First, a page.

Judge sets trial date for next May in Trump’s Florida classified documents case

WASHINGTON (AP) — A federal judge in Florida has set a trial date next May for former President Donald Trump in a case accusing him of illegally keeping hundreds of classified documents.

The May 20, 2024 trial date, set Friday by U.S. District Judge Aileen Cannon, is a compromise between a request from prosecutors to set the trial for December and an offer from defense attorneys to postpone it indefinitely until sometime after the 2024 presidential election.

If the date is met, it would closely follow a separate trial in New York for Trump on dozens of state charges of falsifying business documents in connection with an alleged payment of secret money to a porn actor. It also means the trial would only begin deep into the presidential nomination timeline and likely long after the Republican nominee is clear — albeit before that person is formally nominated to the Republican National Convention.

In pushing back the trial from the Dec. 11 start date requested by the Justice Department, Cannon wrote that “the timeline proposed by the government is atypically expedited and inconsistent with the guarantee of a fair trial.” She agreed with defense attorneys that the amount of evidence that would need to be reviewed before trial, including classified information, was “voluminous and likely to increase in the normal course as trial approaches”.

“The Court finds that the interests of justice served by this lawsuit outweigh the best interests of the public and defendants in a speedy trial,” Cannon wrote.

In a statement referencing the Justice Department, the Trump campaign called Cannon’s order “a major setback to the DOJ’s crusade to deny President Trump due process.” The busy schedule allows President Trump and his legal team to continue to fight this empty hoax.

Trump could still face additional trials in the coming year. He revealed this week that he had received a letter informing him that he was the target of a separate Justice Department investigation into efforts to overturn the results of the 2020 presidential election, an indication that charges could soon be brought.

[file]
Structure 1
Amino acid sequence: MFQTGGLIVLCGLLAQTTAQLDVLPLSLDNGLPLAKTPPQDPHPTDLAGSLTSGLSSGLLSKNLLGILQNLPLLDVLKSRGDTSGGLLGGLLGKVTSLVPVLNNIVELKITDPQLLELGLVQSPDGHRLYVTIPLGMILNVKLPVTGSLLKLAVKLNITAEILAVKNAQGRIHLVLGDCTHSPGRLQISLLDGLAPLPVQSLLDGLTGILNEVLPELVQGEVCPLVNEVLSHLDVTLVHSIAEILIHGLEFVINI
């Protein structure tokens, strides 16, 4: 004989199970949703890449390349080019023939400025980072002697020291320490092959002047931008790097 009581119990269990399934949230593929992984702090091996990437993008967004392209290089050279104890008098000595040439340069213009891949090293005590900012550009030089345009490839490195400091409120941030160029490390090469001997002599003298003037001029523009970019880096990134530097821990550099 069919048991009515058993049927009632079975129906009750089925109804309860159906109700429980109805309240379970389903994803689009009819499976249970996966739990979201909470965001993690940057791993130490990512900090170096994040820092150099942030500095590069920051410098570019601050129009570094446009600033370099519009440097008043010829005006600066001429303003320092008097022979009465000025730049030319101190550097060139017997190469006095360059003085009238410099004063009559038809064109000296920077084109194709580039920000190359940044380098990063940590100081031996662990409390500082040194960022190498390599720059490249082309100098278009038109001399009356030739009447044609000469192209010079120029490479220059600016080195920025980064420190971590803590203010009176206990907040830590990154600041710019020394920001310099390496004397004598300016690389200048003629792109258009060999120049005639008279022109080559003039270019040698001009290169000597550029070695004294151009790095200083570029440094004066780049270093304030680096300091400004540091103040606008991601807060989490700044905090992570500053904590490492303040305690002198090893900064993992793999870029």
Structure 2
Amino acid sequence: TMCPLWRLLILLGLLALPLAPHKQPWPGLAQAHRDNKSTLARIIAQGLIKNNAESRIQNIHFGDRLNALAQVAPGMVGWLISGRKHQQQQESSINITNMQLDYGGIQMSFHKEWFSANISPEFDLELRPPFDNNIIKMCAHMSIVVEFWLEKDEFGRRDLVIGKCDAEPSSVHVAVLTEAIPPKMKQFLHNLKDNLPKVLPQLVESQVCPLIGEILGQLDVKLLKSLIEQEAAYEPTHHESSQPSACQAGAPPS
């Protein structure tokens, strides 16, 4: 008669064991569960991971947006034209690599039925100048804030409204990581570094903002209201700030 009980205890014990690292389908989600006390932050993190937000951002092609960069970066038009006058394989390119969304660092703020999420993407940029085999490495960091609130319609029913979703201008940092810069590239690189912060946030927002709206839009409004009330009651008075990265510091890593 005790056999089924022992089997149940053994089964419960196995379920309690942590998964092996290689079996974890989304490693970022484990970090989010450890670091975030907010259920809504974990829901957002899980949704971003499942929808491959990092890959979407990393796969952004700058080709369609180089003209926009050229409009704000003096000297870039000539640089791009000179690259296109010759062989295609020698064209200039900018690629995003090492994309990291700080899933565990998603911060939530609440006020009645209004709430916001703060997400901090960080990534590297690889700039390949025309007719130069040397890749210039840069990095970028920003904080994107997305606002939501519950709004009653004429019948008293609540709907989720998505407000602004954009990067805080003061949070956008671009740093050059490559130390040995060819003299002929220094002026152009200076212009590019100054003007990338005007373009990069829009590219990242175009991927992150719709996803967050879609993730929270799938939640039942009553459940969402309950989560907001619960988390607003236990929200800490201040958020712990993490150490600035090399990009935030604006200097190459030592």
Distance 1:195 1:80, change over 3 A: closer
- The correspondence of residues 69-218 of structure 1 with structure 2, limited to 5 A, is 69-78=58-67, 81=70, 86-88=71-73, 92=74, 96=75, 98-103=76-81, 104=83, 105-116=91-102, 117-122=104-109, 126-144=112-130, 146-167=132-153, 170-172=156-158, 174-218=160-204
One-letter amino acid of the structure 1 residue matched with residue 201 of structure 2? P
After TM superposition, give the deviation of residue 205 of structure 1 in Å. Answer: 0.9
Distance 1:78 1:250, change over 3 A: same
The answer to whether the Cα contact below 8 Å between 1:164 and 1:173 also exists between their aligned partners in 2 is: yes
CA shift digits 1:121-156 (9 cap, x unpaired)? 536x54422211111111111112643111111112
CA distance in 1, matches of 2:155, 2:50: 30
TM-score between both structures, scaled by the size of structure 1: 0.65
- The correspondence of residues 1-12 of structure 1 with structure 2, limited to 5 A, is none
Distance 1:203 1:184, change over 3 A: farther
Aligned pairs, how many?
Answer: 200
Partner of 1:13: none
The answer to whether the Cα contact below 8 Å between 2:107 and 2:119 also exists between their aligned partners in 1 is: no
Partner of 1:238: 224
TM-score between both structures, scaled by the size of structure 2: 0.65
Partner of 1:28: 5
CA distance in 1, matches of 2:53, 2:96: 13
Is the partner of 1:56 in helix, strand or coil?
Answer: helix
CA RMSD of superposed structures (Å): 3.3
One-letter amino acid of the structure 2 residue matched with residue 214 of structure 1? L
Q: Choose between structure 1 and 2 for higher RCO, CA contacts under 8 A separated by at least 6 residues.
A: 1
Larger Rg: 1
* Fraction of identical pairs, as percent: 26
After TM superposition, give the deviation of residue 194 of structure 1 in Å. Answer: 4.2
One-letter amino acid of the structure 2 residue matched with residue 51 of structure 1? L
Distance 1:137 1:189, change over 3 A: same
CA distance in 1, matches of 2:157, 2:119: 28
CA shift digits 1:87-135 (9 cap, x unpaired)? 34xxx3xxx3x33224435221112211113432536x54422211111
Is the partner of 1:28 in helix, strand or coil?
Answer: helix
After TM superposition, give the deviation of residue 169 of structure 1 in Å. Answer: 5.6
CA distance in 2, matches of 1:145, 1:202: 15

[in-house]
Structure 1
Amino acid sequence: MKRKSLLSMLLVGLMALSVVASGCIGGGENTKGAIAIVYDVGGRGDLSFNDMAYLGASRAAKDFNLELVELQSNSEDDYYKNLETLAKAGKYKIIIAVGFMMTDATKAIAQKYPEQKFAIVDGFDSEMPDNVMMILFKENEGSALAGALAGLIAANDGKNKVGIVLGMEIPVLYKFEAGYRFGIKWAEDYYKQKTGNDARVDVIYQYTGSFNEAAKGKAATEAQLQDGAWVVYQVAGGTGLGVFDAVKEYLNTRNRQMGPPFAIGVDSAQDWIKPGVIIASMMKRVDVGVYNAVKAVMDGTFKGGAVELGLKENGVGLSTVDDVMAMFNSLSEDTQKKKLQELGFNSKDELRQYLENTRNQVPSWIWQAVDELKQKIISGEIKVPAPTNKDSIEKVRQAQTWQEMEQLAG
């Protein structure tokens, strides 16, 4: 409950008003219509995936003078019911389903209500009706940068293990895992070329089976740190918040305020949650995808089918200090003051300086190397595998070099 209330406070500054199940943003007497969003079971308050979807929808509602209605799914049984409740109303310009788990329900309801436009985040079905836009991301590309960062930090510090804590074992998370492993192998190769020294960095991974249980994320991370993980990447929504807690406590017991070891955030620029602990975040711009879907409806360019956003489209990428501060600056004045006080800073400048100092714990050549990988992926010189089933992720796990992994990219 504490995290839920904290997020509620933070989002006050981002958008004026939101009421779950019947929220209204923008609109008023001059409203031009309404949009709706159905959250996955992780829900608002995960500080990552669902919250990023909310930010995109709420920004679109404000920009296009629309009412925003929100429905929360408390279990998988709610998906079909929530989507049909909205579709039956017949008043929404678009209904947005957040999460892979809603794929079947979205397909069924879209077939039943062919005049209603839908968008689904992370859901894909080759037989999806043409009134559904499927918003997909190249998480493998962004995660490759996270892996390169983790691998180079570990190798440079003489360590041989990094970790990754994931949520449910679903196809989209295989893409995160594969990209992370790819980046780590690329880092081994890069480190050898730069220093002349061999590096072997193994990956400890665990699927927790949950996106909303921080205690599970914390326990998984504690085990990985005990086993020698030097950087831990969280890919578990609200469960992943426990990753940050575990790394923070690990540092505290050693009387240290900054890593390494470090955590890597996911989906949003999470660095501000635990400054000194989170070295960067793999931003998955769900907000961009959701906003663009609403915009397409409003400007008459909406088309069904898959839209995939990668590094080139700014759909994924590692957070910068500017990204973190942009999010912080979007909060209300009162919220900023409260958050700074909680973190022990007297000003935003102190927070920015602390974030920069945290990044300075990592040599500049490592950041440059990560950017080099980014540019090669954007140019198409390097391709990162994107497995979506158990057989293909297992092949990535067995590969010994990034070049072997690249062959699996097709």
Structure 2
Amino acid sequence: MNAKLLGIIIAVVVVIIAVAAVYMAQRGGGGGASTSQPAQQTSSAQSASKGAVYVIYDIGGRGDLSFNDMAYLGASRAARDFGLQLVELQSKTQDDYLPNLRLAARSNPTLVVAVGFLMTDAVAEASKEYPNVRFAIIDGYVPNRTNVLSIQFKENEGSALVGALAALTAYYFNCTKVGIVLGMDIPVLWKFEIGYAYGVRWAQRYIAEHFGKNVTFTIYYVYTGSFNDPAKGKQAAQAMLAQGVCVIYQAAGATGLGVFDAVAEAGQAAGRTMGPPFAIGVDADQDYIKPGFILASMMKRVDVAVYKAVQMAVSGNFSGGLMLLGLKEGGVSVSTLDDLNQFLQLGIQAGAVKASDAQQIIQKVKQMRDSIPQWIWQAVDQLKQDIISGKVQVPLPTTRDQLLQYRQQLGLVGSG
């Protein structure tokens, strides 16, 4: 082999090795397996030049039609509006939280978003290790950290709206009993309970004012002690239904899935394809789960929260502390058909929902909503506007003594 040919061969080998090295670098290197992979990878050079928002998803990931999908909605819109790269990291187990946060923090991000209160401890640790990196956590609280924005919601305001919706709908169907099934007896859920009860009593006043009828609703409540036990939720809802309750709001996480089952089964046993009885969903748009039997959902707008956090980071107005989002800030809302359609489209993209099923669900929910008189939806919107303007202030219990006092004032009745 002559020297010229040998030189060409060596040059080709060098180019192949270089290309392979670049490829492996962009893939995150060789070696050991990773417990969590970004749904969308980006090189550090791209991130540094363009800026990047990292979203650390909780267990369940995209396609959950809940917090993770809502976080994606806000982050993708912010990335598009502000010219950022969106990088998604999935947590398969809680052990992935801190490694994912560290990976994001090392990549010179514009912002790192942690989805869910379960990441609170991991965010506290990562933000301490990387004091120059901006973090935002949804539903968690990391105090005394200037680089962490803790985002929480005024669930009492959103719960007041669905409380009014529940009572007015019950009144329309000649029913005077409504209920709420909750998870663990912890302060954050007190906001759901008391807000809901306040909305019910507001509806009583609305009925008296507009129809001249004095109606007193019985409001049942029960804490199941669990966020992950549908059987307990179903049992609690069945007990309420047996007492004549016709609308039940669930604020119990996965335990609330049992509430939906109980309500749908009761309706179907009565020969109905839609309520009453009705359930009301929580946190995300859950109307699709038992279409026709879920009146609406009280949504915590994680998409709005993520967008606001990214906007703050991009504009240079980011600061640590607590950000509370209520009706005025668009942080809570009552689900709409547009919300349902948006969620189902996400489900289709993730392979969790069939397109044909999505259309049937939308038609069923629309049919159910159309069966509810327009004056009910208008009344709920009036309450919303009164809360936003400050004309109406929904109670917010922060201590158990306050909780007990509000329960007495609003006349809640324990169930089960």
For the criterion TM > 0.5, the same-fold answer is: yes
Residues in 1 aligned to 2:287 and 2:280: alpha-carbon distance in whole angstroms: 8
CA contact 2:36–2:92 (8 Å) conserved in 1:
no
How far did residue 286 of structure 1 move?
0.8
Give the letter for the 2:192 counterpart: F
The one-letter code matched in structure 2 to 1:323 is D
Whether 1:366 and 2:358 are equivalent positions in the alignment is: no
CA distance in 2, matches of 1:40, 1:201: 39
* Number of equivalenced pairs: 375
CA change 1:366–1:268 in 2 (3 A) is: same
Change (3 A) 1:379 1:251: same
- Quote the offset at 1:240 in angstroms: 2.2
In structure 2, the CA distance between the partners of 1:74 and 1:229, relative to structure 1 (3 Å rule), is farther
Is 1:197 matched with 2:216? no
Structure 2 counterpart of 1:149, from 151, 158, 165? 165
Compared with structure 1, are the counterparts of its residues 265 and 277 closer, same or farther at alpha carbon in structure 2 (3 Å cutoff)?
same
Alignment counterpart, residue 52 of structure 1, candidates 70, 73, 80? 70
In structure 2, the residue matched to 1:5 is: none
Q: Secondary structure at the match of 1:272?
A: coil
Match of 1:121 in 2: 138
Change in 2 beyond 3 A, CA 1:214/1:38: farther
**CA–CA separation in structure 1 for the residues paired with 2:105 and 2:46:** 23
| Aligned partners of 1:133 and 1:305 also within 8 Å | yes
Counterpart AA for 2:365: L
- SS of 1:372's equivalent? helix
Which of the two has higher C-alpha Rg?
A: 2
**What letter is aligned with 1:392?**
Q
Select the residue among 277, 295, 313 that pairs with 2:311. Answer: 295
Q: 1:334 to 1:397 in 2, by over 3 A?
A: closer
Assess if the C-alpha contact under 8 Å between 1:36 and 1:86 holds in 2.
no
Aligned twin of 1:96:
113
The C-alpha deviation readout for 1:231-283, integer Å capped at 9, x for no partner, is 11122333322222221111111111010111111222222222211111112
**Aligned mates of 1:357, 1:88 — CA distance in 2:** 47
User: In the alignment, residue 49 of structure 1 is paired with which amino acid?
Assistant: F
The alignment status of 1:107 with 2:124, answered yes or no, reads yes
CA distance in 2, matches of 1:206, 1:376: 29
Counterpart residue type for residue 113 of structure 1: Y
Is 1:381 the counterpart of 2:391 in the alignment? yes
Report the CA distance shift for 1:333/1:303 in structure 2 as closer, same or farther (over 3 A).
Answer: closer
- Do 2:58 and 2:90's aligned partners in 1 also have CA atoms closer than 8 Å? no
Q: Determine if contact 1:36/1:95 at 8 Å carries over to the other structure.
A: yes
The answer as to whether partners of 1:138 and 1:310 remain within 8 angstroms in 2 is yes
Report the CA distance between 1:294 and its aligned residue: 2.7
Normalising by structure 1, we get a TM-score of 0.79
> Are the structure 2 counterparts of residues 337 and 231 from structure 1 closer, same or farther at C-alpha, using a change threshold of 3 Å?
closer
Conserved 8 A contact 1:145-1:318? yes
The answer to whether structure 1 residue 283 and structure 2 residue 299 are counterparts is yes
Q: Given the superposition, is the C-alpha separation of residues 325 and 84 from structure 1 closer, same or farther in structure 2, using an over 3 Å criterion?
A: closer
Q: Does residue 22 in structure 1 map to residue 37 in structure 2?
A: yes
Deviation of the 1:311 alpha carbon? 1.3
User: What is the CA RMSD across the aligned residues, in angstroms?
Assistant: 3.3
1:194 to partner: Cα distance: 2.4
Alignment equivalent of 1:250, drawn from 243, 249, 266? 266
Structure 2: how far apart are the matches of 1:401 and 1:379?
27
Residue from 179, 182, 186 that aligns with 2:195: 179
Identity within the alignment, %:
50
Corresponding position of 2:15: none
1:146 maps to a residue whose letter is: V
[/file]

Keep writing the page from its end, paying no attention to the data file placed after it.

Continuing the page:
The target letter referenced several separate laws that Trump could be accused of violating, including conspiracy to defraud the government, according to a person familiar with the matter who insisted on anonymity to discuss private correspondence.

Trump’s new attorney in that investigation, John Lauro, told Fox News on Friday that prosecutors appear to be accusing Trump of “some sort of effort to obstruct” the Jan. 6, 2021, counting of the state’s electoral votes and “whether or not President Trump intimidated anyone or a stuffed ballot.” He said Trump would not appear before a grand jury because “he did absolutely nothing wrong.”

“He didn’t do anything criminal,” Lauro said. “And he argued that he had the right to hold those positions as President of the United States. When he saw all these election discrepancies and irregularities, he did what every president was required to do because he was sworn to do just that. Several Trump-appointed judges and Trump’s own attorney general said there was no evidence of widespread fraud that could have affected the election outcome.

Georgia prosecutors, meanwhile, plan to announce charging decisions within weeks as part of an investigation into attempts by Trump and his allies to overturn the vote in that state.

The Cannon trial would take place in a federal courthouse in Fort Pierce.

It stems from a 38-count indictment last month, filed by Justice Department special counsel Jack Smith, who accused Trump of deliberately hoarding classified documents, including top secret files, at his Mar-a-Lago estate in Palm Beach and conspiring with his valet, Walt Nauta, to hide them from investigators who claimed them.

Both Trump and Nauta have pleaded not guilty.


Associated Press writers Jill Colvin and Michael R. Sisak in New York contributed to this report.

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